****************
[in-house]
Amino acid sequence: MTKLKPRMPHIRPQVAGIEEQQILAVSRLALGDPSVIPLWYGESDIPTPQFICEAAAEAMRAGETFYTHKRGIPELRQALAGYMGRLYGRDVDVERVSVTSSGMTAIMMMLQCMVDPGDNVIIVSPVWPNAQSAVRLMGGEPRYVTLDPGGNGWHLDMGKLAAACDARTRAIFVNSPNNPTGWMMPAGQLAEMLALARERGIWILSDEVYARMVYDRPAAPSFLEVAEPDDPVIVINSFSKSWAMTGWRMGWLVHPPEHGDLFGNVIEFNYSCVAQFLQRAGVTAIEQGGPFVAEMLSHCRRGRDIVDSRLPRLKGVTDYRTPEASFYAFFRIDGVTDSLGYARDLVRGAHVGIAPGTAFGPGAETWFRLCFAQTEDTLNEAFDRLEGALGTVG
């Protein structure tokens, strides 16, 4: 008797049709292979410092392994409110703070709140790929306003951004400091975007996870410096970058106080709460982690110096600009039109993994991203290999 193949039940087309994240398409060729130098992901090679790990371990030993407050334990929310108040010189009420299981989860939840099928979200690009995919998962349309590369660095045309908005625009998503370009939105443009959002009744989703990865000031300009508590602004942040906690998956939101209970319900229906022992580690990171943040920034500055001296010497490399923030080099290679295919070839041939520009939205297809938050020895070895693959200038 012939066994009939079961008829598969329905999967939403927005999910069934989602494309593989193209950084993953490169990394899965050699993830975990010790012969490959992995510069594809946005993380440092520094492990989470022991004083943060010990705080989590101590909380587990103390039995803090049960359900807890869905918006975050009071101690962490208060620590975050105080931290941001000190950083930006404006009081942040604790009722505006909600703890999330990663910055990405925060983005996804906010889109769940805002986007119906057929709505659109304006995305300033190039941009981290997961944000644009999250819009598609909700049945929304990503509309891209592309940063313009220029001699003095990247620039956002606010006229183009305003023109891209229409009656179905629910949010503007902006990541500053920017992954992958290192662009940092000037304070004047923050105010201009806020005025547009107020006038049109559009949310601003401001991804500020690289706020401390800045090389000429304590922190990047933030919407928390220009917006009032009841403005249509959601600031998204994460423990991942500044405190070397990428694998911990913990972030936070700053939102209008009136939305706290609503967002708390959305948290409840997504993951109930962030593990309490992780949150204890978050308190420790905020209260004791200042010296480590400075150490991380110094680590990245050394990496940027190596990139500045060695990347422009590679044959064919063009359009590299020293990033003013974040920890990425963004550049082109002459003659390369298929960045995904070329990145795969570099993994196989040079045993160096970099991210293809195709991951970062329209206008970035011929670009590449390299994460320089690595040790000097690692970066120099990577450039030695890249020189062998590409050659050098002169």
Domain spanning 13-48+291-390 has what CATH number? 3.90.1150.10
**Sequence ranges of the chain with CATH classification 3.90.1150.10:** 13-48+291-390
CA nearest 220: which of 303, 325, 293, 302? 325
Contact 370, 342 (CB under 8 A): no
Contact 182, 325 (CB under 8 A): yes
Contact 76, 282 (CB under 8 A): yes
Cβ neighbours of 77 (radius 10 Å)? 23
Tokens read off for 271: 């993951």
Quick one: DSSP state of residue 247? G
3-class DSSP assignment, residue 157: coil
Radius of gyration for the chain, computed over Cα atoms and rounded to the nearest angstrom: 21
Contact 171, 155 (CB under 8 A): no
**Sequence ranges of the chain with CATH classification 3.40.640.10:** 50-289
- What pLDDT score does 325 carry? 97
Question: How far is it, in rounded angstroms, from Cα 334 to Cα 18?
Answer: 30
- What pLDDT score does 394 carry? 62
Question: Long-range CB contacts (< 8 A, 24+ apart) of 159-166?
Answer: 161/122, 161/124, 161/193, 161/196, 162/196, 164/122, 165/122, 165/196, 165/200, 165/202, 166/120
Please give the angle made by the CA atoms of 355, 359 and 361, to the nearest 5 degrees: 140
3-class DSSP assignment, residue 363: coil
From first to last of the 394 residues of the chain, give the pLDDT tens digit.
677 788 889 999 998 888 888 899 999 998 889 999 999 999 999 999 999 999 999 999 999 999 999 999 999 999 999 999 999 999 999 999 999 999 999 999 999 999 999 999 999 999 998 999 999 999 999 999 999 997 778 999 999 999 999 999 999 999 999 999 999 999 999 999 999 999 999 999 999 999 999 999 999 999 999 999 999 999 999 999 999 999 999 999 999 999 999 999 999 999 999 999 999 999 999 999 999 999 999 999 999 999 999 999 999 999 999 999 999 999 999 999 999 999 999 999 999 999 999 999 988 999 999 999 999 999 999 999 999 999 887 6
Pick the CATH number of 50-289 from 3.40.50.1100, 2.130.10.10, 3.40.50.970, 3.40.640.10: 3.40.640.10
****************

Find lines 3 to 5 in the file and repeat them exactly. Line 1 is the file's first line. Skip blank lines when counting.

């Protein structure tokens, strides 16, 4: 008797049709292979410092392994409110703070709140790929306003951004400091975007996870410096970058106080709460982690110096600009039109993994991203290999 193949039940087309994240398409060729130098992901090679790990371990030993407050334990929310108040010189009420299981989860939840099928979200690009995919998962349309590369660095045309908005625009998503370009939105443009959002009744989703990865000031300009508590602004942040906690998956939101209970319900229906022992580690990171943040920034500055001296010497490399923030080099290679295919070839041939520009939205297809938050020895070895693959200038 012939066994009939079961008829598969329905999967939403927005999910069934989602494309593989193209950084993953490169990394899965050699993830975990010790012969490959992995510069594809946005993380440092520094492990989470022991004083943060010990705080989590101590909380587990103390039995803090049960359900807890869905918006975050009071101690962490208060620590975050105080931290941001000190950083930006404006009081942040604790009722505006909600703890999330990663910055990405925060983005996804906010889109769940805002986007119906057929709505659109304006995305300033190039941009981290997961944000644009999250819009598609909700049945929304990503509309891209592309940063313009220029001699003095990247620039956002606010006229183009305003023109891209229409009656179905629910949010503007902006990541500053920017992954992958290192662009940092000037304070004047923050105010201009806020005025547009107020006038049109559009949310601003401001991804500020690289706020401390800045090389000429304590922190990047933030919407928390220009917006009032009841403005249509959601600031998204994460423990991942500044405190070397990428694998911990913990972030936070700053939102209008009136939305706290609503967002708390959305948290409840997504993951109930962030593990309490992780949150204890978050308190420790905020209260004791200042010296480590400075150490991380110094680590990245050394990496940027190596990139500045060695990347422009590679044959064919063009359009590299020293990033003013974040920890990425963004550049082109002459003659390369298929960045995904070329990145795969570099993994196989040079045993160096970099991210293809195709991951970062329209206008970035011929670009590449390299994460320089690595040790000097690692970066120099990577450039030695890249020189062998590409050659050098002169």
Domain spanning 13-48+291-390 has what CATH number? 3.90.1150.10
**Sequence ranges of the chain with CATH classification 3.90.1150.10:** 13-48+291-390